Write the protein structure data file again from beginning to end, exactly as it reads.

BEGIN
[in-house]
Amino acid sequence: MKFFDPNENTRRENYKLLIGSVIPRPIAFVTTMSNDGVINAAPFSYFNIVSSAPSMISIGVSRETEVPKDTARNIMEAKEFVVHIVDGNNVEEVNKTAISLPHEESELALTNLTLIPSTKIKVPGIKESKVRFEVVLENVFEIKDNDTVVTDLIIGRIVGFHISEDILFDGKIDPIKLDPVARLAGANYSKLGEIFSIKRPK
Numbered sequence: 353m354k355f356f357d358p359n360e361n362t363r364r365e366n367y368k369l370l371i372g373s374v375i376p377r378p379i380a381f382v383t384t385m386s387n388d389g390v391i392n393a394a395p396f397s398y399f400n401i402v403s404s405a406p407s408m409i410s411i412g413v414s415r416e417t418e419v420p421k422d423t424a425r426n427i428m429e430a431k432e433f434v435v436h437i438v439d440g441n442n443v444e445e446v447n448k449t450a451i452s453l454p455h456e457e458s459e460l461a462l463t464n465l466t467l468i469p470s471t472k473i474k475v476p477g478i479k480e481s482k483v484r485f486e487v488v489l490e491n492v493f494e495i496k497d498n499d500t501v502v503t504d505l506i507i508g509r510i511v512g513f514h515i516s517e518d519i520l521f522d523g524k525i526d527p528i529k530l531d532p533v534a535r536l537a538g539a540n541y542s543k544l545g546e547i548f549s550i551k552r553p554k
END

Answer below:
[in-house]
Amino acid sequence: MKFFDPNENTRRENYKLLIGSVIPRPIAFVTTMSNDGVINAAPFSYFNIVSSAPSMISIGVSRETEVPKDTARNIMEAKEFVVHIVDGNNVEEVNKTAISLPHEESELALTNLTLIPSTKIKVPGIKESKVRFEVVLENVFEIKDNDTVVTDLIIGRIVGFHISEDILFDGKIDPIKLDPVARLAGANYSKLGEIFSIKRPK
Numbered sequence: 353m354k355f356f357d358p359n360e361n362t363r364r365e366n367y368k369l370l371i372g373s374v375i376p377r378p379i380a381f382v383t384t385m386s387n388d389g390v391i392n393a394a395p396f397s398y399f400n401i402v403s404s405a406p407s408m409i410s411i412g413v414s415r416e417t418e419v420p421k422d423t424a425r426n427i428m429e430a431k432e433f434v435v436h437i438v439d440g441n442n443v444e445e446v447n448k449t450a451i452s453l454p455h456e457e458s459e460l461a462l463t464n465l466t467l468i469p470s471t472k473i474k475v476p477g478i479k480e481s482k483v484r485f486e487v488v489l490e491n492v493f494e495i496k497d498n499d500t501v502v503t504d505l506i507i508g509r510i511v512g513f514h515i516s517e518d519i520l521f522d523g524k525i526d527p528i529k530l531d532p533v534a535r536l537a538g539a540n541y542s543k544l545g546e547i548f549s550i551k552r553p554k